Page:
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Discussion Starter #1
Hi everyone. I bought a used 2000 model in 2004 and instantly found out about cam lobe wear problems with Polaris 500 HO's and as a result, replaced the engine. The mechanic told me that you should not idle 500 HO's long because it will ruin them. Is that correct? If so, why Thanks for your advice.
 

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You should not let any ATV, motorcycle, snowmobile, jet ski and many other types of engines idle more than 5 minutes after it is fully warm (normal operating temperature). My rule is if it is going to idle any longer than it takes to pee, shut it off. At idle the oil pressure is low and the hottest part of the engine with parts that are subjected to the highest shear forces (cam and rocker arms) is cooled by oil - the cam is at the uppermost part of the engine and heat rises. While the coolant is regulated with a thermostat and fan, the oil carries heat away from the top of the cylinder head to the crankcase where it is pumped into the oil tank - the oil is cooled by the surface of the tank (which may be metal or composite) - at idle there is no air movement around the oil tank and the oil temperature rises - as the oil heats it is easier to shear the molecules in the high metal to metal pressure contact areas. Again; cam and rocker arms.

It's actually hard on all engines to idle for long periods except engines designed for long periods of low speed operation. Those so designed engines have a large capacity oil pan (maybe as much as 5 gallons), high volume oil pumps and an oil cooler in addition to a coolant radiator. Those engines also run a special grade of oil.
 

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You should not let any ATV, motorcycle, snowmobile, jet ski and many other types of engines idle more than 5 minutes after it is fully warm (normal operating temperature). My rule is if it is going to idle any longer than it takes to pee, shut it off. At idle the oil pressure is low and the hottest part of the engine with parts that are subjected to the highest shear forces (cam and rocker arms) is cooled by oil - the cam is at the uppermost part of the engine and heat rises. While the coolant is regulated with a thermostat and fan, the oil carries heat away from the top of the cylinder head to the crankcase where it is pumped into the oil tank - the oil is cooled by the surface of the tank (which may be metal or composite) - at idle there is no air movement around the oil tank and the oil temperature rises - as the oil heats it is easier to shear the molecules in the high metal to metal pressure contact areas. Again; cam and rocker arms.

It's actually hard on all engines to idle for long periods except engines designed for long periods of low speed operation. Those so designed engines have a large capacity oil pan (maybe as much as 5 gallons), high volume oil pumps and an oil cooler in addition to a coolant radiator. Those engines also run a special grade of oil.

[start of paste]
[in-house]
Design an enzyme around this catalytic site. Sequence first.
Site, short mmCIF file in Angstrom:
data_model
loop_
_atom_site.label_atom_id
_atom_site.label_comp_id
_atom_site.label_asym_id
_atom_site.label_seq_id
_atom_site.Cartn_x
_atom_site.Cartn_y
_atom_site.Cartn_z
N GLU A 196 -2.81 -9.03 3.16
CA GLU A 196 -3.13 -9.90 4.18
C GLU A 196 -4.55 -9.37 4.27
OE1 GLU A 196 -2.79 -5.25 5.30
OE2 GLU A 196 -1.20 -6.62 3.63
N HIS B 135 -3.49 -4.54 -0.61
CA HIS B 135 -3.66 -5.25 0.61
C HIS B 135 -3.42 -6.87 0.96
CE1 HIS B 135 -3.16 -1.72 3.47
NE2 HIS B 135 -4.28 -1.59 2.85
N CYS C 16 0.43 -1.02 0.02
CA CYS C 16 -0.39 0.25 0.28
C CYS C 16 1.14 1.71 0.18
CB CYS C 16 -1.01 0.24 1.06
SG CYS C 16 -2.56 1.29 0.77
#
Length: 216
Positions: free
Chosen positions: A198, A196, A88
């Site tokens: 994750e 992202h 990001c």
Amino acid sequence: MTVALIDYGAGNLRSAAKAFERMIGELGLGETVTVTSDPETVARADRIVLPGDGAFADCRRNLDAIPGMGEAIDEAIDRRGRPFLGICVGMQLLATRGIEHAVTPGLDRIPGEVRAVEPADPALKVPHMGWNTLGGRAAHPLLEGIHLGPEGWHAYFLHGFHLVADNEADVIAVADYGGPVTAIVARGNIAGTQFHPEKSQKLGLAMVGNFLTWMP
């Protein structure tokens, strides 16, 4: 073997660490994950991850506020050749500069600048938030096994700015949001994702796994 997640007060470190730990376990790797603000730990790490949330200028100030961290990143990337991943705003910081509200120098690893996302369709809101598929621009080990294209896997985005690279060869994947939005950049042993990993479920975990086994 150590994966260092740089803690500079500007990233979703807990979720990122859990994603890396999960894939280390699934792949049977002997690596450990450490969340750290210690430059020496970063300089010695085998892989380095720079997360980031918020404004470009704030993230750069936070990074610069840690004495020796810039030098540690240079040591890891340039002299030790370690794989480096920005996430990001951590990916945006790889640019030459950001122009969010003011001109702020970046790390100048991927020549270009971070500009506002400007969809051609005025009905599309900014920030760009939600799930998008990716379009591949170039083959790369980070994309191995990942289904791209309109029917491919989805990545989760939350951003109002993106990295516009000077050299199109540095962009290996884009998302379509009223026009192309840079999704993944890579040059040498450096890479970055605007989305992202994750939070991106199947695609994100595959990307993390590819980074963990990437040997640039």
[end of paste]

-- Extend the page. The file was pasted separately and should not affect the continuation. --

THANK YOU!! for your detailed reasoning about the idling and potential damage it causes. I really appreciate you r responding to me.
 

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don't overthink the whole problem,even 30 min idling won't hurt a thing in your engine
You treat your engine your way and I'll treat mine my way - I haven't replaced a cam in any of my engines (motorcycle, ATV, utility or automotive) in over 50 years of vehicle ownership. I'm either lucky or skilled - either way, it has worked to my advantage. I have replaced pistons and cylinders due to seizure and I was aware of the circumstances when it occurred and know what I could have done to prevent it, but it was under the circumstances that I consciously let it happen knowing what the result would be and it wasn't idling that did it, but idling could do it too.
 

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don't overthink the whole problem,even 30 min idling won't hurt a thing in your engine
I appreciate your comment and I know that there are a lot of facctors involve in damage potential. I was looking for sound reasoning as to the difference between a vehicle and a 4X4 as far as potential damage and why or what would be the source of it and the above explanation helps me a lot.
 

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Discussion Starter #9
I was told by the mechanic at the Polaris dealership that soft cams were a problem Polaris had at least in 2000. I was then worry about where that metal went and didn't want to trust that there was no other damage. Besides, trying to get ready for a long weekend adventure with fried and it was the quickest and most assured recovery to kind of insure no secondary problems on that weekend drive.
 

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why would you want to let the engine run longer than it takes to take a piss. We go to the outdoors to enjoy the sound of nature not the engine running. If you are riding with us we will tell you to turn the dam engine off.
 
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